Radiofrequency Ablation Offers Promise in Treatment of Lung Cancer

Roxanne Nelson

June 19, 2008

June 19, 2008 — Treatment options are limited for patients with non-small-cell lung cancer (NSCLC) who are not surgical candidates, and surgery is frequently not feasible for patients with secondary lung malignancies. However, according to new data published online June 17 in the Lancet Oncology, radiofrequency ablation could be an option for patients who are unable to undergo surgery, radiotherapy, or chemotherapy.

Percutaneous radiofrequency ablation is a relatively new and minimally invasive technique that has been used to treat solid tumors. In particular, it is becoming a viable option for unresectable liver malignancies. Although the use of radiofrequency ablation is at an early stage of clinical application for other types of solid tumors, recent studies have shown that it has potential in the treatment of lung, bone, and renal malignancies. The authors note that several single-institution case series have suggested that radio frequency ablation is a feasible option for patients with unresectable or medically inoperable pulmonary tumors.

In this study, Riccardo Lencioni, MD, associate professor of radiology in the department of oncology, transplants and advanced technologies in medicine at the University of Pisa, in Italy, and colleagues designed a prospective single-group multicenter clinical trial to evaluate the feasibility, safety, and effectiveness of percutaneous computed tomography (CT)-guided radiofrequency ablation in the treatment of NSCLC. The study also included patients with metastatic disease to the lungs.

A series of 106 patients, with a total 183 lung tumors measuring 3.5 cm or smaller in diameter, were enrolled in the study. Of this group, 33 patients had been diagnosed with NSCLC, 53 had metastasis from colorectal carcinoma, and 20 patients had metastasis from other primary malignancies. All of the patients were deemed unsuitable for surgery, radiotherapy, or chemotherapy.

The primary end points were technical success, safety, and confirmed complete response of tumors. The authors defined technical success as the correct placement of the ablation device in all target tumors with completion of the planned ablation protocol. Secondary end points of the study included overall survival, cancer-specific survival, and quality of life.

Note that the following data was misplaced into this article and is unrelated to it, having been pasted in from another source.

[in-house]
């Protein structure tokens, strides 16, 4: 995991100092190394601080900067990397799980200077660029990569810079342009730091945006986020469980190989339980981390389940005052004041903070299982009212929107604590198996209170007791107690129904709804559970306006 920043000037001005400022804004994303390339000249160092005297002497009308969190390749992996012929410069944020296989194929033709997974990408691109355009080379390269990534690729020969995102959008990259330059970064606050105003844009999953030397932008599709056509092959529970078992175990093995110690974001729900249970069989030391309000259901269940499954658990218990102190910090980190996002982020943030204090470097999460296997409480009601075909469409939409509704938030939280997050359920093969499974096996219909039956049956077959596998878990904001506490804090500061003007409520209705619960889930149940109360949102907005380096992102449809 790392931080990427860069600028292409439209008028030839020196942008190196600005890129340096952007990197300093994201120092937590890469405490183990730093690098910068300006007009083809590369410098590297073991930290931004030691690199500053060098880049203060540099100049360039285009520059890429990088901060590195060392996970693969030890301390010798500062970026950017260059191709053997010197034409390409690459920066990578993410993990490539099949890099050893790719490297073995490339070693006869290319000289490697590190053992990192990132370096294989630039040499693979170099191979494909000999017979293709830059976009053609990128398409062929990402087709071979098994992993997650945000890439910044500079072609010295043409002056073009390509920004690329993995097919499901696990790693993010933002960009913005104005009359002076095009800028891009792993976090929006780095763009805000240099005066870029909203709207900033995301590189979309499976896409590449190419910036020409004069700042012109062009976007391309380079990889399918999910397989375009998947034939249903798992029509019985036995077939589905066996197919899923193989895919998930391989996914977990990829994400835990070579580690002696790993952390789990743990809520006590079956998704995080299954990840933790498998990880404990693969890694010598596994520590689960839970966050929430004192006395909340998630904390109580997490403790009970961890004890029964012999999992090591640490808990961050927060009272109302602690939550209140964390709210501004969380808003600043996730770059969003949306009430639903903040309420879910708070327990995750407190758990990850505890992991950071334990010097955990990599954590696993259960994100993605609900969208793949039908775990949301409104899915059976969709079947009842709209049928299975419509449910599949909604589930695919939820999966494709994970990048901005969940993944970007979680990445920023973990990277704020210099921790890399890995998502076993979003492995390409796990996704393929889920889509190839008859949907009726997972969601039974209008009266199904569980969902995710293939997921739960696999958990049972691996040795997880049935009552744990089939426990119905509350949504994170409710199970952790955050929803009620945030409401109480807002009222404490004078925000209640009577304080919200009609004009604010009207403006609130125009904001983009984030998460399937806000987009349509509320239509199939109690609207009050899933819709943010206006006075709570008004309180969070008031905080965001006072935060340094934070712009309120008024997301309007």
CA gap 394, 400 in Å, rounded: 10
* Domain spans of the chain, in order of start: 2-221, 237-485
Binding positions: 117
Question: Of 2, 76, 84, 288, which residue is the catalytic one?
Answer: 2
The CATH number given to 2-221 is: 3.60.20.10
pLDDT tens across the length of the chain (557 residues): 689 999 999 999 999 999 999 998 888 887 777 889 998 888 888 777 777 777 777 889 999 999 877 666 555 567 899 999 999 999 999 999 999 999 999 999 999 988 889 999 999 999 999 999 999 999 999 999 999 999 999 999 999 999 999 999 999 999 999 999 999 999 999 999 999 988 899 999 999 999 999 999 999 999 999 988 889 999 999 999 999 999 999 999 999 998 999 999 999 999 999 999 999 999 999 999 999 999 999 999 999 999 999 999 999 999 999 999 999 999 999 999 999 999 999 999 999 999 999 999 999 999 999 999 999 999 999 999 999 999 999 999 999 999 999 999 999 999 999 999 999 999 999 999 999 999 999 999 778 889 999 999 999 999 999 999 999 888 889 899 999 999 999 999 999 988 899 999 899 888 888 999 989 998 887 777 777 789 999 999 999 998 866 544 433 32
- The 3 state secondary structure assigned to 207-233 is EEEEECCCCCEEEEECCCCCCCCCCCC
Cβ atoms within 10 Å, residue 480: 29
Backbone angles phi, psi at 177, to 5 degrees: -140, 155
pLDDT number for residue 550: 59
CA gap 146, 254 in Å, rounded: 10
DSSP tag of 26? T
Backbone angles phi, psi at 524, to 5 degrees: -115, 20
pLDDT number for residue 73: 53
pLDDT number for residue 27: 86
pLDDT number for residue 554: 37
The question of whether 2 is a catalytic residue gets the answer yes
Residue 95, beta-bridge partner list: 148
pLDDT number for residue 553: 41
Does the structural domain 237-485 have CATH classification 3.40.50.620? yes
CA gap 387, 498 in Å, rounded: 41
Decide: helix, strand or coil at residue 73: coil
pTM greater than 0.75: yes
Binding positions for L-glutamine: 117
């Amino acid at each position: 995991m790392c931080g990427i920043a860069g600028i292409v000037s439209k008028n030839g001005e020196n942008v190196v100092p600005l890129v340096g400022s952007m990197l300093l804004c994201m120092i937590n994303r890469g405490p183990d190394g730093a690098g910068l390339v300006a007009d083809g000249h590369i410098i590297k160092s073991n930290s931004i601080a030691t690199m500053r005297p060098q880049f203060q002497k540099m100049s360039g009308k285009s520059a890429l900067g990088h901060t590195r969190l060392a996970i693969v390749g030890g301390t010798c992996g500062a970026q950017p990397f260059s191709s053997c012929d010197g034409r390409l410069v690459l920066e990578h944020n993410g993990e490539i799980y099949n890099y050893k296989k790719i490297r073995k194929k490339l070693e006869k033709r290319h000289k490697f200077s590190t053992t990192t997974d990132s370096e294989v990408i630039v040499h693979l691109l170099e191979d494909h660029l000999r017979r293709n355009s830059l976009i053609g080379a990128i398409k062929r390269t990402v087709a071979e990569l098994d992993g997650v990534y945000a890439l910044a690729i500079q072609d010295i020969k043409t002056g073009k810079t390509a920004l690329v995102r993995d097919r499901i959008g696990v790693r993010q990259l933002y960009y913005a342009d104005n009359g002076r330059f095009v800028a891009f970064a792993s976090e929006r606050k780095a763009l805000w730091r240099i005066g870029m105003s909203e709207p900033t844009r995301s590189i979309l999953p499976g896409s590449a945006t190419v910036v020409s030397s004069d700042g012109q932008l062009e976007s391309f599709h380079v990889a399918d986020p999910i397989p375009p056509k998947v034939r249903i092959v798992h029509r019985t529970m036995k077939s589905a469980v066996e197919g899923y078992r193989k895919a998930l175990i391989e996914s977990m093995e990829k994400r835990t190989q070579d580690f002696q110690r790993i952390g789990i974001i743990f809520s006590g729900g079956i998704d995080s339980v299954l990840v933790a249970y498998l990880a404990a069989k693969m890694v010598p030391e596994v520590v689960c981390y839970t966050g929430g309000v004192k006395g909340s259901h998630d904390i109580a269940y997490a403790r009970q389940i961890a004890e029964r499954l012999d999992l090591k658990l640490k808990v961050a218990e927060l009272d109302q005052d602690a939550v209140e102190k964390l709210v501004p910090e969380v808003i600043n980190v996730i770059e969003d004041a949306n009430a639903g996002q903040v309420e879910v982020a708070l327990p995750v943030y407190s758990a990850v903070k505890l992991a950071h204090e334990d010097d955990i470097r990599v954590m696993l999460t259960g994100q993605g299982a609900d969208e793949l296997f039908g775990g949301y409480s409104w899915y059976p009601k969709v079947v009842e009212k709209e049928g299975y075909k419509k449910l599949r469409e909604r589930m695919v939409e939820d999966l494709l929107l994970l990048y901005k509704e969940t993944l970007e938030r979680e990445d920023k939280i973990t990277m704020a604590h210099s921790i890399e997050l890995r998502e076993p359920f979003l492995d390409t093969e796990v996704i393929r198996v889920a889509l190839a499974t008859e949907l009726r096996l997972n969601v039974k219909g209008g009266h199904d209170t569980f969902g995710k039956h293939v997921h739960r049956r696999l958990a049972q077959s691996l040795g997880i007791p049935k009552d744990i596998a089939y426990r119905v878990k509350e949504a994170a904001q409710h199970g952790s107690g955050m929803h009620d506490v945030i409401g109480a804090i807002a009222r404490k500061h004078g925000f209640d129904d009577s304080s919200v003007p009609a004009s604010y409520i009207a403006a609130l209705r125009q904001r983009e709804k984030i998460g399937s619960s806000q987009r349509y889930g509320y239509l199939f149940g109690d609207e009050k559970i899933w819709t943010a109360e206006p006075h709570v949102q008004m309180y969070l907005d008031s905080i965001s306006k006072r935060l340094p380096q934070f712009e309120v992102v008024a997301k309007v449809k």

Study participants underwent radio frequency ablation in accordance with standard rules for CT-guided lung biopsy. Follow-up visits were scheduled at 1 and 3 months after the procedure, and then at 3-month intervals for up to 2 years.

A total of 137 procedures were performed, and treatment was successfully completed in 105 of 106 patients (99%). From this group, it was possible to assess the primary end point of a confirmed complete response in 85 patients (80%). The researchers noted a confirmed complete response of all targeted tumors that lasted for at least 1 year after treatment in 75 of 85 patients (88%), with incomplete ablation and evidence of local progression in at least 1 treated tumor in the remaining patients. There was no difference in tumor responses to ablation between patients with NSCLC and those with metastatic lung disease.

Overall and Cancer-Specific Survival

Patient Subgroup Overall Survival at 1 Year Overall Survival at 2 Years Cancer-Specific Survival at 1 Year Cancer-Specific Survival at 2 Years
NSCLC 70% 48% 92% 73%
Stage 1 NSCLC n/a 75% n/a 92%
Colorectal metastases 89% 66% 91% 68%
Metastases from other sites 92% 64% 93% 67%

Although there was no procedure-related mortality, 27 of the procedures were complicated by a large or symptomatic pneumothorax that required drainage. A second major complication was the occurrence of pleural effusion in 4 procedures, which also necessitated drainage.

"Our study shows that percutaneous CT-guided radio frequency ablation yields high proportions of sustained [complete responses] in properly selected patients with primary or secondary lung malignancies, and is associated with acceptable morbidity," write the authors.

They note that the rate of overall survival was greatly affected by the recruitment of patients with severely impaired pulmonary function, with substantial comorbidities, or both. All participants were deemed unsuitable for surgery, radiotherapy, or chemotherapy, or they had exhausted conventional treatment options. Under these circumstances, it was not possible to reliably compare radio frequency ablation survival curves and those achieved with other treatments.

"Additionally, the patient population was heterogeneous and included patients with NSCLC and patients with pulmonary metastases from different primary malignancies, and the study was not designed to provide evidence of survival benefits," they write. "A randomized controlled trial comparing radio frequency ablation versus standard treatment options is now warranted to prove the clinical benefit of this approach."

This study was supported by AngioDynamics. The authors have disclosed no relevant financial relationships.

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